Yes, it’s time to mount the sissy bar that I made in the last part. I think it came out quite well and it’s a big part of the character of the bike, well worth the three quids worth of offcut steel and half a dozen welding rods. I still had to make the mounting brackets for it though, which was a fairly hard challenge for me as I wanted it to look right as well as being functional ie strong. Whoever built the frame originally had included two mounting points for a bar , one a tab for a bolt to go through and a 6mm diameter peg presumably for the very bottom of the bar to slot on to. I didn’t like that arrangement, it would have been very difficult to make the end of my bar look right and be strong enough so I did it differently.
What I did was to weld a couple of tabs on to the top of the frame tubes and then make a bracket to match the existing metalwork. The old locating pins were cut off and the rest slightly reshaped to tie it all in a bit better. I am quite pleased with the results, once it’s all properly cleaned up, painted and fully welded it should look decent and it has loads of strength. Next job is to make the brackets for the rear light and number plate – these will be fairly simple tab type things welded to the upper cross bar – there’s forward thinking for you!
A mate of mine just popped round and discussion inevitably turned to the bike and I had one of those really annoying moments when somebody says “why don’t you do this bit this way” and you kick yourself for having not thought of it!! The bit in question this time was the front footpeg mounts. I had made a pair and had intended to fit them to the frame and then weld a bar across to add some strength. What I will now be doing is using two long pieces of hex bar that go right across the frame with some pieces of steel acting as an infill. I think it will look better. I just wish I had thought of it before wasting time and money on my original idea.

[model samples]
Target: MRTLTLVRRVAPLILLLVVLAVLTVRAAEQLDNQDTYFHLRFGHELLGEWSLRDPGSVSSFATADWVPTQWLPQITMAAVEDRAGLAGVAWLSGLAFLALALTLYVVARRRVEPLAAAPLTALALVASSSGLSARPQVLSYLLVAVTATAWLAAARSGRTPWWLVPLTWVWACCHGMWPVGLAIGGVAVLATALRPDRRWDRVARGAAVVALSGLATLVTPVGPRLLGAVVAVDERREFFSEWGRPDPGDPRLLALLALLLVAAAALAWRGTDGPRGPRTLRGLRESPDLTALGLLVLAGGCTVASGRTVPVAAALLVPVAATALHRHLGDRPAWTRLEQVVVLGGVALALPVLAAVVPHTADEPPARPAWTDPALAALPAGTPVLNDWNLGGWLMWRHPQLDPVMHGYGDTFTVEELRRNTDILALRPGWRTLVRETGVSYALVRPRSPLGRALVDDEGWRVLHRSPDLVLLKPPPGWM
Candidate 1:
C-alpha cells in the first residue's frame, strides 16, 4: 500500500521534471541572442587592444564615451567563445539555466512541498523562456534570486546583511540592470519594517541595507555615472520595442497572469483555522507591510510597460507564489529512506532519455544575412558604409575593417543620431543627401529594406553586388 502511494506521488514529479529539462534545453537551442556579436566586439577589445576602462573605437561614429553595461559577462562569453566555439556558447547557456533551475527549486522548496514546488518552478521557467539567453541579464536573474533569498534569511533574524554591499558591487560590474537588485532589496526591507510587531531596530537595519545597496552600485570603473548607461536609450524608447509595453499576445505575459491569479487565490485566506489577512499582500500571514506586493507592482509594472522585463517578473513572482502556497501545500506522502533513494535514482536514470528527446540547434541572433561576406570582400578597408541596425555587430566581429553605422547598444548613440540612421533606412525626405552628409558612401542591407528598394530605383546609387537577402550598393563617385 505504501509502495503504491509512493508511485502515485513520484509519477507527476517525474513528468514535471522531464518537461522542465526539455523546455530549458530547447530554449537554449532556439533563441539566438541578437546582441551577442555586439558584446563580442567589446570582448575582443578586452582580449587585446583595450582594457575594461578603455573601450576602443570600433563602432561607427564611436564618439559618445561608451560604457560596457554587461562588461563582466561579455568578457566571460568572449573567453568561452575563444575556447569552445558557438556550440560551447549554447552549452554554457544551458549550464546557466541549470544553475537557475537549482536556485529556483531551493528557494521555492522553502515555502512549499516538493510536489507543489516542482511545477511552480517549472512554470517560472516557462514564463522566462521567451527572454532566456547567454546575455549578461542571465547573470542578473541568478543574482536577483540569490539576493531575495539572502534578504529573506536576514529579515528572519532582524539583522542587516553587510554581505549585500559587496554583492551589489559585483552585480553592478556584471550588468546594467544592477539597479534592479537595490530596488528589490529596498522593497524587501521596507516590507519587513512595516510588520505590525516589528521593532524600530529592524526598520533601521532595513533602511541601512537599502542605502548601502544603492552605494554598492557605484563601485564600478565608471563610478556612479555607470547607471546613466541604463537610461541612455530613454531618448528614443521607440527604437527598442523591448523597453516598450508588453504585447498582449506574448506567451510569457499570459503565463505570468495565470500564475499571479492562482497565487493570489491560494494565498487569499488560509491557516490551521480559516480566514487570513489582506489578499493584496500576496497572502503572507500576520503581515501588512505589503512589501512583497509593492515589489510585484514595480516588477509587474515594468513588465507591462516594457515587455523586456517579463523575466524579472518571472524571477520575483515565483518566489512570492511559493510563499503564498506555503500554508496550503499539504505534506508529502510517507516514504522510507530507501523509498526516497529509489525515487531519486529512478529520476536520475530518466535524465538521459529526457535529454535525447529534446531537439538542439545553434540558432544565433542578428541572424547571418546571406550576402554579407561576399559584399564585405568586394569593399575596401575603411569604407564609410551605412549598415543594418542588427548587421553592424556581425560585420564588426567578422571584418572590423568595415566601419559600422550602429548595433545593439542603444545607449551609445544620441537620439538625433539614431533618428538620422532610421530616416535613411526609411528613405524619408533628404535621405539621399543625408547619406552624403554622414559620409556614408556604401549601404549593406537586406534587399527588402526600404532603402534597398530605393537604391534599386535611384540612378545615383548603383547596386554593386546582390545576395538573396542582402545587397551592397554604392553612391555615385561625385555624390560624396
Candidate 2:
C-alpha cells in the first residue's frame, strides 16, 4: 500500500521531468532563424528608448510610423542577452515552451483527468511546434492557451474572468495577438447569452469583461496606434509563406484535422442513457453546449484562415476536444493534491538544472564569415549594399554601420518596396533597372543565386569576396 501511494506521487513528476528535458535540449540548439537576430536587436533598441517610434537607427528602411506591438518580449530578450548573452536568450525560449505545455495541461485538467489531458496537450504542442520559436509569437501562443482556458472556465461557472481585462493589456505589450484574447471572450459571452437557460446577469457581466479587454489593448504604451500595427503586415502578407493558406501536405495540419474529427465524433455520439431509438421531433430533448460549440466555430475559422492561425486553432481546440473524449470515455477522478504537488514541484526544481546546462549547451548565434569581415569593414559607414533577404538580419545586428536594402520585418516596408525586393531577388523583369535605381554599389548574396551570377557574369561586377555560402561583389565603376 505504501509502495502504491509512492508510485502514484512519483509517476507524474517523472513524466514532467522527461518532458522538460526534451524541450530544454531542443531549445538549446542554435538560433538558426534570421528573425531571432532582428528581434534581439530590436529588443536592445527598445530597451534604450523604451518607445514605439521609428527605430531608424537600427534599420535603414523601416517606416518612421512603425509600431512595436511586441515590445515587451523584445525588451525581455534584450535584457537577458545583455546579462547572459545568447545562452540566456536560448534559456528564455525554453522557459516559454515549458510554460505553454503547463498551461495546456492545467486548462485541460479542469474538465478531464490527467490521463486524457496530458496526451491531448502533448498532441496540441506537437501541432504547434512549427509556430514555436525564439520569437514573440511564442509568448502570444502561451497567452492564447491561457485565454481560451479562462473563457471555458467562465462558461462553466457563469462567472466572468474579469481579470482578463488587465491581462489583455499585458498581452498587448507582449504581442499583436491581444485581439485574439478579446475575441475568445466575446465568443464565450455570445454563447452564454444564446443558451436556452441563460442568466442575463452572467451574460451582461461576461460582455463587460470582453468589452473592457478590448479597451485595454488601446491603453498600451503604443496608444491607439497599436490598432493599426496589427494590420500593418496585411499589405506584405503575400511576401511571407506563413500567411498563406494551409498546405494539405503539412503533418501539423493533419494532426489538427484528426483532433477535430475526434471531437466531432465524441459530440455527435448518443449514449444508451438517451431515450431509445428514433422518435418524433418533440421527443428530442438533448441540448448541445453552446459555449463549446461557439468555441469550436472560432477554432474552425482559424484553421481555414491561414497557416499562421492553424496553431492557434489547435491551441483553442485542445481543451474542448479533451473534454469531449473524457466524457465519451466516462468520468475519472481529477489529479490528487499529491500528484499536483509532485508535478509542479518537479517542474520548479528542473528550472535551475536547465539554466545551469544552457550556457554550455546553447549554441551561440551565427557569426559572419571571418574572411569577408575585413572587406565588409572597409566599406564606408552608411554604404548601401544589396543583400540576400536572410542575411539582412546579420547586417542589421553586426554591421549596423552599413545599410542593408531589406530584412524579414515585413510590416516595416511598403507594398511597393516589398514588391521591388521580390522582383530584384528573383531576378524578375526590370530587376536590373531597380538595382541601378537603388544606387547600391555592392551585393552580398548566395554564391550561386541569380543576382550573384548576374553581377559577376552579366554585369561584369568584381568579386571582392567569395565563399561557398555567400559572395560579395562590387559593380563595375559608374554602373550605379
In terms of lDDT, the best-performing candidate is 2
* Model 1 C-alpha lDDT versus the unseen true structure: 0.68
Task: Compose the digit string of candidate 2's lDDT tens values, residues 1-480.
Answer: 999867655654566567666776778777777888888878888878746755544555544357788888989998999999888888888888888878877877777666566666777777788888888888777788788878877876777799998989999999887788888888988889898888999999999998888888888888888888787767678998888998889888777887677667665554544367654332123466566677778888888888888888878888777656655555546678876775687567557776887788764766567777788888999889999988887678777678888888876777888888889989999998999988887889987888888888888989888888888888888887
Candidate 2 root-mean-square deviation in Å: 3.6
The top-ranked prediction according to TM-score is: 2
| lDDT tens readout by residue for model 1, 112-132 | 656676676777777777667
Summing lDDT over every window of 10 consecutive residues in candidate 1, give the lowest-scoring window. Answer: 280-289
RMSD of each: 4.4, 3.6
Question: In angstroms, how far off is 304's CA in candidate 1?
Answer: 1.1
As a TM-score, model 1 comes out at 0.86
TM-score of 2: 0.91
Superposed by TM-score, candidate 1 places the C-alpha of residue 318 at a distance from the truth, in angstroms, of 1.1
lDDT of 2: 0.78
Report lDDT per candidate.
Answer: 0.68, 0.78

With the footpeg mounts well and truly dealt with my attention turned to the exhausts – definitely one of those jobs I am not over keen on. No point whingeing about it though, just get on with it. I have two sets of pipes available from a couple of GSX600’s I broke some time back, I can’t sell them as the collector boxes are rotten but I am now glad I kept them. The pipes coming from 1 and 2 look like the easiest to use so one pair of pipes 1 and two will be used for cylinders 1 and 2 on the dog, the other pair will be used for 3 and 4 – I hope that makes sense? I figure doing it that way I only have to have one join per pipe.
Welding pipe this thin is something I am not used to so Stupid boy should have practised on a bit of scrap first cos I burnt a sodding great hole in my pipe – not good as these ones are all I have. I wound it all the way down to 30 amps and then filled in the hole and completed the weld. I am using arc and some decent quality stainless rods, which I have to say seems to be working rather well.
It’s a bugger cutting the angles and getting them right, it’s a matter of repeatedly fitting the pipes, trimming them, having a look and then tweaking, I don’t know of any other way to do it.
For now I am bringing the pipes down to just below the engine, the “cans” which will be straight lengths of stainless tube will run back from here. They will have removable baffles in them to keep Mr MoT happy. I may use a reducer on each pipe so I can make a baffle that won’t be too restrictive, I’ll see what I can get my grubby mitts on when the time comes. For now though I am content with getting all 4 downpipes terminating where I need them and pointing at the right angle of dangle.
I suspect the second side will be harder as it has to match the first side but it’s looking good thus tar. The welds need cleaning up a bit, I will grind off the high spots and then finish the job with some abracloth. You can also see the new mark 2 super dooper footpeg mounts in this shot, kind of like a buy one get one free kind of deal.
I shall get the other side done and then it’s moving on to the electrical gubbins. Won’t that be nice?
Article provided by David Powell of Boston Bike Bits.